This post is part of our #AliceClark100 Online Reading Group. In it Amy Erickson offers some reflections on the third main chapter of The Working Life of Women in the Seventeenth Century, on ‘Textiles’. Amy is a University Lecturer in British Economic and Social History 1500-1750 at the University of Cambridge. You can access the book here.
Alice Clark’s chapter on textiles concentrates on spinning, the textile production process which involved the most people, the overwhelming majority of whom were female. The production of cloth required several times more spinners than weavers (who were primarily male), whether the fibre in question was derived from a plant (flax or hemp) or an animal (wool or silk). As Clark puts it, ‘From the general economic standpoint, the textile industries rank second in importance to agriculture … but in the history of women’s economic development they hold a position which is quite unique.’ This was not only true of England: textiles were the principal export of most European countries over 300 years.
An early post on Many Headed Monster by Mark Hailwood explored the ubiquity of spinning and included two woodcut images of women sitting at spinning wheels that were used to illustrate early modern ballads. The term ‘hand-spinning’ describes spinning both by wheel and by distaff or drop spindle, a method which can be used while walking, as in Paul Sandby’s mid-18th century drawing of a woman carrying a distaff (courtesy of the trustees of the British Museum).
A decade after Working Life, Ivy Pinchbeck provided further evidence on spinning in the period 1750-1850, when hand spinning in the home was largely replaced by water-powered factory spinning. This transition from hand to machine, from home to factory, has recently received detailed attention. Craig Muldrew (2012) estimated that by the later 18th century hand spinning employed nearly 75% of all women over age 14, or 1,500,000 women. The transition to mechanisation, which not only increased productivity but also employed increasing numbers of men rather than women, would have caused mass female unemployment and thereby significant impoverishment.
Clark alludes to rising wages in spinning in the early 18th century, with reference to Defoe’s writings. High spinning wages have recently been claimed to have been the spur for the mechanisation of spinning, beginning in the 1760s with cotton, which is viewed as the ‘spark’ of the Industrial Revolution. John Styles (2016) complicated that grand narrative by showing that it was a very local competition in Lancashire between wool producers and cotton producers for female spinning labour that produced the ‘spinning jenny’ in the 1760s, and that the crucial spur to mechanisation was the rapid growth of the North American market over the 18th century. Jane Humphries and Benjamin Schneider (2019), re-assessing contemporary estimates and investigating a collection of actual accounts, as opposed to estimates, suggest that productivity was much lower than assumed and therefore spinning wages were almost everywhere low, regardless of fibre and quality of yarn.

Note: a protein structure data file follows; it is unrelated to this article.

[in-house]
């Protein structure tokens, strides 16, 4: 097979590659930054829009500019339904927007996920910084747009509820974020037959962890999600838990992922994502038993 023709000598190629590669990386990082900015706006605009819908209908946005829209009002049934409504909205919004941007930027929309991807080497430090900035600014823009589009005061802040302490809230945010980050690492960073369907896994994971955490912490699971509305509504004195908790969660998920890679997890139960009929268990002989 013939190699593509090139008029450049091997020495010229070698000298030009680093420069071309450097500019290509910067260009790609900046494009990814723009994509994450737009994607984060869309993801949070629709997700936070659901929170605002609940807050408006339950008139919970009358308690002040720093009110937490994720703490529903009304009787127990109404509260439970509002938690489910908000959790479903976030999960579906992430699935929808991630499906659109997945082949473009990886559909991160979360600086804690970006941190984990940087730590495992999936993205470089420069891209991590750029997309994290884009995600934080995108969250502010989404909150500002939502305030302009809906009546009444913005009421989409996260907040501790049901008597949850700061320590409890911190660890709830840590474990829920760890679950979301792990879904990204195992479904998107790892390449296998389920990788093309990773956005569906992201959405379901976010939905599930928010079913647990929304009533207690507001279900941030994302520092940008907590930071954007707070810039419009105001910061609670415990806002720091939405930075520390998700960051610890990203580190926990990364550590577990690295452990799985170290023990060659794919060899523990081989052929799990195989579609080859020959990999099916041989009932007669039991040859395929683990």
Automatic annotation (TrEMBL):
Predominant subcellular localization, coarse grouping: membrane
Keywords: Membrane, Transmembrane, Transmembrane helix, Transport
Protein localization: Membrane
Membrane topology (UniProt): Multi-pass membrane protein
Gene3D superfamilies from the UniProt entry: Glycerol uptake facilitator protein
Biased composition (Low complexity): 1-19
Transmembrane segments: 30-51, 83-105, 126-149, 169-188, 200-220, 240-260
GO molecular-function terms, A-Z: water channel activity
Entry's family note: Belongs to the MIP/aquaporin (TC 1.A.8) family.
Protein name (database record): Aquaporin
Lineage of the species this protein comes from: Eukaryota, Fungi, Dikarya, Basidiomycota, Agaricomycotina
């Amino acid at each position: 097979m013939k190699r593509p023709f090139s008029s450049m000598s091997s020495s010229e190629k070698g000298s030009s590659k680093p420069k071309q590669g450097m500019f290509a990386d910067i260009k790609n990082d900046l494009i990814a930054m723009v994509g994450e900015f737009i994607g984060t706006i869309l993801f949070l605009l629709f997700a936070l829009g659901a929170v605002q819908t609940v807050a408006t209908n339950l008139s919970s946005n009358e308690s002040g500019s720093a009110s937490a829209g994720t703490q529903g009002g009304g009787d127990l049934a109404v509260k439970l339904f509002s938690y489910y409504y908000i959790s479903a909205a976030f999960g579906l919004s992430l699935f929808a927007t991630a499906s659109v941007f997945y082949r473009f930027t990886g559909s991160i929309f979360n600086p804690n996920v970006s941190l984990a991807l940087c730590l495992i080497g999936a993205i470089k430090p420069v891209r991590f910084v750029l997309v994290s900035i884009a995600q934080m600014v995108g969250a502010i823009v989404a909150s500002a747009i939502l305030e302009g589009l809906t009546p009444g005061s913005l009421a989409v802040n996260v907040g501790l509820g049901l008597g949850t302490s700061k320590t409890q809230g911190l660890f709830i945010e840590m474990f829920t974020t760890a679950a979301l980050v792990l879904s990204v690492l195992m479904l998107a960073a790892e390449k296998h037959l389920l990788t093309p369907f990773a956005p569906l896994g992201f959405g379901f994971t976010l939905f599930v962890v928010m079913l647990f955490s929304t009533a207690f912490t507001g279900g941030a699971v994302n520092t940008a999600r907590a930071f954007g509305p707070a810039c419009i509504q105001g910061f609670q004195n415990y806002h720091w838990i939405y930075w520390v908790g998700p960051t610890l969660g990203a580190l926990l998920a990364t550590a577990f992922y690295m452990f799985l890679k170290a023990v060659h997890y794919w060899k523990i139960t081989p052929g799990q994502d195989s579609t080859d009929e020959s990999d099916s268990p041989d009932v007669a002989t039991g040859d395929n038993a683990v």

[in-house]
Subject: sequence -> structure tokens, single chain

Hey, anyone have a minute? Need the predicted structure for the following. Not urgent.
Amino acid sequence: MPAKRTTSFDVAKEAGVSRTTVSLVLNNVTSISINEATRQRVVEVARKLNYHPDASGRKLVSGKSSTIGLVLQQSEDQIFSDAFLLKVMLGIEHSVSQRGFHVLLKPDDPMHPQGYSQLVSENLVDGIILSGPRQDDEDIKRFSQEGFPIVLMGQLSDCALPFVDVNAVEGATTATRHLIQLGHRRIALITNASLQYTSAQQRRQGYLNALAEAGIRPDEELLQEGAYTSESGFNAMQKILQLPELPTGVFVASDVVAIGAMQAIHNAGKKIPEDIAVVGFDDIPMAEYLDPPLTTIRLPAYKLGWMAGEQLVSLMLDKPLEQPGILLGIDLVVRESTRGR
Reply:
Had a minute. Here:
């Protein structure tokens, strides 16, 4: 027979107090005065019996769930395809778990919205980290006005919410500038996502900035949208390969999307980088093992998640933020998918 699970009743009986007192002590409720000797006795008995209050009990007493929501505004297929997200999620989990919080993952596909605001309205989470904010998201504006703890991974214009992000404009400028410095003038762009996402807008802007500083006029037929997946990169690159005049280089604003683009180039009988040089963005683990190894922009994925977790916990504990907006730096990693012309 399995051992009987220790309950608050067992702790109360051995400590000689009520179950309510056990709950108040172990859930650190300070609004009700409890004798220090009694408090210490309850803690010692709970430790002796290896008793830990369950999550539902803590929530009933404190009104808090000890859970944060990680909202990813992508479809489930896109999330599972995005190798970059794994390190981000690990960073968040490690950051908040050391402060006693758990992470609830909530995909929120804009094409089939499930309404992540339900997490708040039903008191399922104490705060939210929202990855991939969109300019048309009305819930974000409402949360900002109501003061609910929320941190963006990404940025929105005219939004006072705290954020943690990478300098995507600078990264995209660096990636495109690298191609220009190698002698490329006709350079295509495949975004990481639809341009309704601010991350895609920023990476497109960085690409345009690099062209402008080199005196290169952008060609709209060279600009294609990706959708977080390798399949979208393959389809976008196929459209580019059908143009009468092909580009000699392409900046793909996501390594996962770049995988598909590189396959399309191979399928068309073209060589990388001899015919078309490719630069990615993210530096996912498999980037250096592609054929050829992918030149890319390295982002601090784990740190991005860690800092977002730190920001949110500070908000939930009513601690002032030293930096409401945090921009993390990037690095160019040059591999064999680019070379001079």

Clark’s aim in focussing on the 17th century was to understand just how different a pre-industrial England might have looked from the fully industrial late 19th century. Her scope was limited to the records available at the time in the British Library: state papers, pamphlets, and published local histories and civic corporation records. Most of the evidence comes from the first half of the 17th century, and particularly from the depression of the 1620s which generated many sources in terms of petitions about loss of work and government concern with unrest among those out of work. Clark uses ‘spinster’ in its occupational sense (a meaning it retained until at least the 1801 census in some parts of the country).
She found evidence of spinsters’ agency in petitions and suits that they brought against employers about payment, and equally in petitions from clothiers/middlemen about malfeasance by spinners like embezzlement (i.e., subversion of the capitalist employers). Clark differentiated labour relations in spinning between the housewives who spun flax to meet household needs for linen (underwear and household linen), and the women who worked for a piece rate in the already capitalised wool or luxury industries to produce for the domestic and overseas market, both of which were growing.
Those who worked for cash were further distinguished between women who acquired their own fibre and sold the spun product to the weaver or clothier, and women who were given fibre to spin and returned it for a piece rate, on a putting out basis. Income from spinning is difficult to calculate because the piece rate does not give the time taken. But in Clark’s view a spinster even in wool, the highest paid fibre, could not make a living wage, a conclusion which is complicated by the difficulties of ascertaining what a living wage might have been in the 17th century. Certainly spinning labour was fostered in schools for poor children and imposed in workhouses, as much for the moral lessons thereby imputed as for a shortage of yarn. Clark describes spinning as a ‘sweated industry’, meaning a laborious and very low paid labour – a coinage of the 1880s.